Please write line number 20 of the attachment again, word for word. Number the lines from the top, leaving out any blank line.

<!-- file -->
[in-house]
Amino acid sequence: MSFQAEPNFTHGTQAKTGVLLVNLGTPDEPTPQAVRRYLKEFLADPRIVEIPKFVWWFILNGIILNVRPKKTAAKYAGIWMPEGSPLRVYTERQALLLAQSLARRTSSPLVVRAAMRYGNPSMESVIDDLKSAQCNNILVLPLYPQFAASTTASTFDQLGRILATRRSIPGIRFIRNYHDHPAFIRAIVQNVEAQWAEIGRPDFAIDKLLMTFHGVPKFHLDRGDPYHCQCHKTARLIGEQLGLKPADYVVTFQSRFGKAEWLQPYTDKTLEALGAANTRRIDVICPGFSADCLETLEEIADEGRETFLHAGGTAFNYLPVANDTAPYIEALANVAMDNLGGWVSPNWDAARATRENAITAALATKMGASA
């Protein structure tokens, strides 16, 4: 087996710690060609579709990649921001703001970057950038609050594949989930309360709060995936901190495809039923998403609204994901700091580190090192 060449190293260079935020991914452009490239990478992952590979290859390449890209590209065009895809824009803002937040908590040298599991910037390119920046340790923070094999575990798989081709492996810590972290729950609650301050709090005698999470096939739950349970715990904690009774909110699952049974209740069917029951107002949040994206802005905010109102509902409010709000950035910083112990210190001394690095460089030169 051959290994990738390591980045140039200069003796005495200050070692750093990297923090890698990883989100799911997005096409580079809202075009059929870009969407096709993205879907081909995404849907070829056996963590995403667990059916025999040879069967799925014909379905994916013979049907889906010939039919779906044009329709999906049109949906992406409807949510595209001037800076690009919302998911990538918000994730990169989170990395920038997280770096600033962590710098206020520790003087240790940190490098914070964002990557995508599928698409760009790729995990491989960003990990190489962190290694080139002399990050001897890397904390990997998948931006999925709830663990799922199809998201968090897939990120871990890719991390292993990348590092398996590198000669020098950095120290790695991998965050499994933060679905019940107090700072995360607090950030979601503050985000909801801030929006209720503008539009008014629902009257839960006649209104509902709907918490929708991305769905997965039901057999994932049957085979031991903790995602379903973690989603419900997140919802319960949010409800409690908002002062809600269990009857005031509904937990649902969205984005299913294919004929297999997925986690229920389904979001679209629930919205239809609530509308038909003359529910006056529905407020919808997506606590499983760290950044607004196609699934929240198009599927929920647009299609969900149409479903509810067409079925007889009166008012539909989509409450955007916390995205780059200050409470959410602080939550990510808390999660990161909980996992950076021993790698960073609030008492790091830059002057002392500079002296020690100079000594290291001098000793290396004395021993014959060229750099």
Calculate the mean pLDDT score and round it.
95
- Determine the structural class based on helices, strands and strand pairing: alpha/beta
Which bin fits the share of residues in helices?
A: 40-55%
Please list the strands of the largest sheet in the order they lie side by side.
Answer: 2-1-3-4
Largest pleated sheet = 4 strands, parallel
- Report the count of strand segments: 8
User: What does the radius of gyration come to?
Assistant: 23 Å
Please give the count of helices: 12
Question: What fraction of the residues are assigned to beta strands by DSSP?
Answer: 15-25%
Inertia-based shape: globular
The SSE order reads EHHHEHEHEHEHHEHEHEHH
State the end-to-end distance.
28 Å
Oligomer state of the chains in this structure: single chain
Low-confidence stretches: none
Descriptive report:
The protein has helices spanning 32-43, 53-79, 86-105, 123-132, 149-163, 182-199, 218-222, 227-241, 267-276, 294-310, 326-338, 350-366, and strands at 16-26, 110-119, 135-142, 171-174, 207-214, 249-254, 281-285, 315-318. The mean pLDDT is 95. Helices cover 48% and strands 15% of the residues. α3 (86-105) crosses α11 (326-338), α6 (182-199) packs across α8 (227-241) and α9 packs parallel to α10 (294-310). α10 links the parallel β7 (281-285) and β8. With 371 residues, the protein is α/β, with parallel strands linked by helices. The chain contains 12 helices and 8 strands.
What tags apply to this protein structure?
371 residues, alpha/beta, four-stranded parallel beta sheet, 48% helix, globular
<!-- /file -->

State the end-to-end distance.